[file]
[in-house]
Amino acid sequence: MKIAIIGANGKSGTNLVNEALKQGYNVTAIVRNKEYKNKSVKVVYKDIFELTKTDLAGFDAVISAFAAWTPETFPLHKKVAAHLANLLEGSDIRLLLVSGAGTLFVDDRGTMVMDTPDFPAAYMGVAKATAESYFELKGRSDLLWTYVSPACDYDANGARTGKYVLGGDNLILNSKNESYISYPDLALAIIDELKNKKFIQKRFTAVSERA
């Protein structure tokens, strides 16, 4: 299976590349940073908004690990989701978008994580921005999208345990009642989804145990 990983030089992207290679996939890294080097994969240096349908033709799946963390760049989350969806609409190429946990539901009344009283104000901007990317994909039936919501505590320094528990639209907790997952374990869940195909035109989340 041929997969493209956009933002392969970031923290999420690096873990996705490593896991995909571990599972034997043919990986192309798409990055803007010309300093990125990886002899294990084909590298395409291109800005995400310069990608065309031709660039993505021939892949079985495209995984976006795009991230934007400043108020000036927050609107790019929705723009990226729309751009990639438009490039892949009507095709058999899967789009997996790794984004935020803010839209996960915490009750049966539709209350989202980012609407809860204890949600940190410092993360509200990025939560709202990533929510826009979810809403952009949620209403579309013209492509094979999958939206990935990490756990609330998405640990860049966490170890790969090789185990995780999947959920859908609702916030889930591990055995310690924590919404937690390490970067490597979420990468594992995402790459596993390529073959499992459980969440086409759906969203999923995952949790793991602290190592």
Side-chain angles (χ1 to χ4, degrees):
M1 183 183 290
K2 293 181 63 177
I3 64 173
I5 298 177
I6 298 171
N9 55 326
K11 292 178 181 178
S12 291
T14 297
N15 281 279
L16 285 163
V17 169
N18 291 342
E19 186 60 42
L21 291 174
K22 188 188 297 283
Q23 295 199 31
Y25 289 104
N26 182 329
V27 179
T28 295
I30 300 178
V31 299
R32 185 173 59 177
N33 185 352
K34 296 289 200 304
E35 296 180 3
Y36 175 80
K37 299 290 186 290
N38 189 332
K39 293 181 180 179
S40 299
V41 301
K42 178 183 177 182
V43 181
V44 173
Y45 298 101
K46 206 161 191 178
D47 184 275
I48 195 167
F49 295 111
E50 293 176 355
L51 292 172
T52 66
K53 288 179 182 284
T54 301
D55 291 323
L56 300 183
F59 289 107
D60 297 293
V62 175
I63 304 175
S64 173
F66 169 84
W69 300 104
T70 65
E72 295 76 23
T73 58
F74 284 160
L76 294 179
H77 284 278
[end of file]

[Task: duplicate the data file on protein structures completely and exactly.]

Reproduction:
[in-house]
Amino acid sequence: MKIAIIGANGKSGTNLVNEALKQGYNVTAIVRNKEYKNKSVKVVYKDIFELTKTDLAGFDAVISAFAAWTPETFPLHKKVAAHLANLLEGSDIRLLLVSGAGTLFVDDRGTMVMDTPDFPAAYMGVAKATAESYFELKGRSDLLWTYVSPACDYDANGARTGKYVLGGDNLILNSKNESYISYPDLALAIIDELKNKKFIQKRFTAVSERA
């Protein structure tokens, strides 16, 4: 299976590349940073908004690990989701978008994580921005999208345990009642989804145990 990983030089992207290679996939890294080097994969240096349908033709799946963390760049989350969806609409190429946990539901009344009283104000901007990317994909039936919501505590320094528990639209907790997952374990869940195909035109989340 041929997969493209956009933002392969970031923290999420690096873990996705490593896991995909571990599972034997043919990986192309798409990055803007010309300093990125990886002899294990084909590298395409291109800005995400310069990608065309031709660039993505021939892949079985495209995984976006795009991230934007400043108020000036927050609107790019929705723009990226729309751009990639438009490039892949009507095709058999899967789009997996790794984004935020803010839209996960915490009750049966539709209350989202980012609407809860204890949600940190410092993360509200990025939560709202990533929510826009979810809403952009949620209403579309013209492509094979999958939206990935990490756990609330998405640990860049966490170890790969090789185990995780999947959920859908609702916030889930591990055995310690924590919404937690390490970067490597979420990468594992995402790459596993390529073959499992459980969440086409759906969203999923995952949790793991602290190592």
Side-chain angles (χ1 to χ4, degrees):
M1 183 183 290
K2 293 181 63 177
I3 64 173
I5 298 177
I6 298 171
N9 55 326
K11 292 178 181 178
S12 291
T14 297
N15 281 279
L16 285 163
V17 169
N18 291 342
E19 186 60 42
L21 291 174
K22 188 188 297 283
Q23 295 199 31
Y25 289 104
N26 182 329
V27 179
T28 295
I30 300 178
V31 299
R32 185 173 59 177
N33 185 352
K34 296 289 200 304
E35 296 180 3
Y36 175 80
K37 299 290 186 290
N38 189 332
K39 293 181 180 179
S40 299
V41 301
K42 178 183 177 182
V43 181
V44 173
Y45 298 101
K46 206 161 191 178
D47 184 275
I48 195 167
F49 295 111
E50 293 176 355
L51 292 172
T52 66
K53 288 179 182 284
T54 301
D55 291 323
L56 300 183
F59 289 107
D60 297 293
V62 175
I63 304 175
S64 173
F66 169 84
W69 300 104
T70 65
E72 295 76 23
T73 58
F74 284 160
L76 294 179
H77 284 278